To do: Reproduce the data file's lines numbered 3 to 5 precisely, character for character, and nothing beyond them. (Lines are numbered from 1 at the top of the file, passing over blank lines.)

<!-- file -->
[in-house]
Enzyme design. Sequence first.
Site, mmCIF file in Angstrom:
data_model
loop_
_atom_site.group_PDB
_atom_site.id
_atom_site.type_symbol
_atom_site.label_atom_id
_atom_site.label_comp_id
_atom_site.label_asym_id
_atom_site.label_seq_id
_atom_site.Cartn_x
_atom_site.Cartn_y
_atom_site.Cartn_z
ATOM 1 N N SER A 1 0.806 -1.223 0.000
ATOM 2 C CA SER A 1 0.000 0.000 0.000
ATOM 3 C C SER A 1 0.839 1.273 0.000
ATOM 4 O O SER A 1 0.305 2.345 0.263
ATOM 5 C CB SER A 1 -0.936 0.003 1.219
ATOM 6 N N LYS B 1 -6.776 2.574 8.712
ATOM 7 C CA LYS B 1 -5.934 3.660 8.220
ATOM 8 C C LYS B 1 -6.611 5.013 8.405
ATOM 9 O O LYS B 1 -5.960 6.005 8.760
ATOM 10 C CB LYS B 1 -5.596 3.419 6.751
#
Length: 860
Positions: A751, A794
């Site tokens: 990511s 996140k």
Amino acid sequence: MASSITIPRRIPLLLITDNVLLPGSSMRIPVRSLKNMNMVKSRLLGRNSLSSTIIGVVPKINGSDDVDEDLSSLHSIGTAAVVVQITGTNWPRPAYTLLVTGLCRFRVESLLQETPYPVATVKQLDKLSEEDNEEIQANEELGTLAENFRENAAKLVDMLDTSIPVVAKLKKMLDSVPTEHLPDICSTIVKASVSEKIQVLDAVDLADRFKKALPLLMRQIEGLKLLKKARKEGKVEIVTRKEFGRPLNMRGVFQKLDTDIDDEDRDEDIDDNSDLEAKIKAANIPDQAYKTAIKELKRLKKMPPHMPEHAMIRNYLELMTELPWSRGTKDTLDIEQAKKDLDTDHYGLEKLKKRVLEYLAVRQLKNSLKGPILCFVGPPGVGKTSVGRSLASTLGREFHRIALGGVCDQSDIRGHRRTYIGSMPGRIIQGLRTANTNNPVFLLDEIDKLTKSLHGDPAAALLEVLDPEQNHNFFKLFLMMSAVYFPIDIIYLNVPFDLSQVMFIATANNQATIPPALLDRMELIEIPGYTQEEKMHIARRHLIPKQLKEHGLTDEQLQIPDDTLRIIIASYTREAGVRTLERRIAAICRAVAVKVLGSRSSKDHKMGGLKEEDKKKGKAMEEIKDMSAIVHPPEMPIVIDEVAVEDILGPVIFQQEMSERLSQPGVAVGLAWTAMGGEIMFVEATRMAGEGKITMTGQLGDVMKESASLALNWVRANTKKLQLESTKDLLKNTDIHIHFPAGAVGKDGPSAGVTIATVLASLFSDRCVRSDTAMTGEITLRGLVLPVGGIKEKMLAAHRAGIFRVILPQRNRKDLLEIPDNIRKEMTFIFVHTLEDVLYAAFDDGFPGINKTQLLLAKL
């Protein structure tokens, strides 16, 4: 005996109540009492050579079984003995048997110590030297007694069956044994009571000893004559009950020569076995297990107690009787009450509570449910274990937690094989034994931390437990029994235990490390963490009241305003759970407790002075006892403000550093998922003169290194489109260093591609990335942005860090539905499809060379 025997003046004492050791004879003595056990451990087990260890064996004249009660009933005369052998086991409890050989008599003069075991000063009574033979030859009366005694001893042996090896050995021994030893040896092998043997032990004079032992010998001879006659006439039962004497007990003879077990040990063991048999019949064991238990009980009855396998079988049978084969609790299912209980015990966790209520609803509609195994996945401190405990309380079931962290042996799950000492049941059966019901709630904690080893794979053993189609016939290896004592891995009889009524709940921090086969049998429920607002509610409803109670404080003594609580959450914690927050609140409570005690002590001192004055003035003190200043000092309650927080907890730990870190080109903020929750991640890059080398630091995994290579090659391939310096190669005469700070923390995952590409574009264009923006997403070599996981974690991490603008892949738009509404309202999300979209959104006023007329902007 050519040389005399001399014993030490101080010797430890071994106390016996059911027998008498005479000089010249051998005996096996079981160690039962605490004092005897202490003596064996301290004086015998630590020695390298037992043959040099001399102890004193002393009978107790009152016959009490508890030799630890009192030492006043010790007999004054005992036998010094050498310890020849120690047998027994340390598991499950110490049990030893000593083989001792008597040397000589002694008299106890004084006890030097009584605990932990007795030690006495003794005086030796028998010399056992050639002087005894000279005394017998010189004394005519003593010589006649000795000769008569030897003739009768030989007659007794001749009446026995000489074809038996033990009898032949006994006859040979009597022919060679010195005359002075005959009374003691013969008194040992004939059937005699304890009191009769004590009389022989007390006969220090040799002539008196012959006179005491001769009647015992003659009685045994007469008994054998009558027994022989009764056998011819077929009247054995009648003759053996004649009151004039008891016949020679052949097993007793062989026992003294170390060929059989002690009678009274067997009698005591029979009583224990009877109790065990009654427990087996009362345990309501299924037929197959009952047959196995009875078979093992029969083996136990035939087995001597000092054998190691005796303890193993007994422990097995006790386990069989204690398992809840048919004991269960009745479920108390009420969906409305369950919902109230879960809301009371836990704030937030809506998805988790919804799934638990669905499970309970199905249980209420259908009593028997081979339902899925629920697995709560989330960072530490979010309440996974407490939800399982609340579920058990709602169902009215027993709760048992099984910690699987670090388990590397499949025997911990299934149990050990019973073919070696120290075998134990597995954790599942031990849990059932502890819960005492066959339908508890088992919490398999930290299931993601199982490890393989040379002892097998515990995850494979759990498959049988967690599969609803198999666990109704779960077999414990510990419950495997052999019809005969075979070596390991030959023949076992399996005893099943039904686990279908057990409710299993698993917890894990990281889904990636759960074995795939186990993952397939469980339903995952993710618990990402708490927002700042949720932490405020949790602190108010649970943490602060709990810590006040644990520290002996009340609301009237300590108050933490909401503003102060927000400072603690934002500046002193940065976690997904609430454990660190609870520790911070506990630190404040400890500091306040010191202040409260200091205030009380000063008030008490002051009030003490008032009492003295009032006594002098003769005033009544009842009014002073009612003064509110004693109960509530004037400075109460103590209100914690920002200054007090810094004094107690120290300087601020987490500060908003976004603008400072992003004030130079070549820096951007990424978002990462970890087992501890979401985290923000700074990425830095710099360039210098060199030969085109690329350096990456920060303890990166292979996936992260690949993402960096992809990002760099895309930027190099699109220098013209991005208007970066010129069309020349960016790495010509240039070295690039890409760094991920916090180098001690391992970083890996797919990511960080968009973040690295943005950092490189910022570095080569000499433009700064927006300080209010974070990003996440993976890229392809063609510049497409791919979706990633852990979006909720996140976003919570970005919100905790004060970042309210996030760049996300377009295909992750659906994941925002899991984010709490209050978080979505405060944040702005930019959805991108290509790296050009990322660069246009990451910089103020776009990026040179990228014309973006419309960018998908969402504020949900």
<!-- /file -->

Site, mmCIF file in Angstrom:
data_model
loop_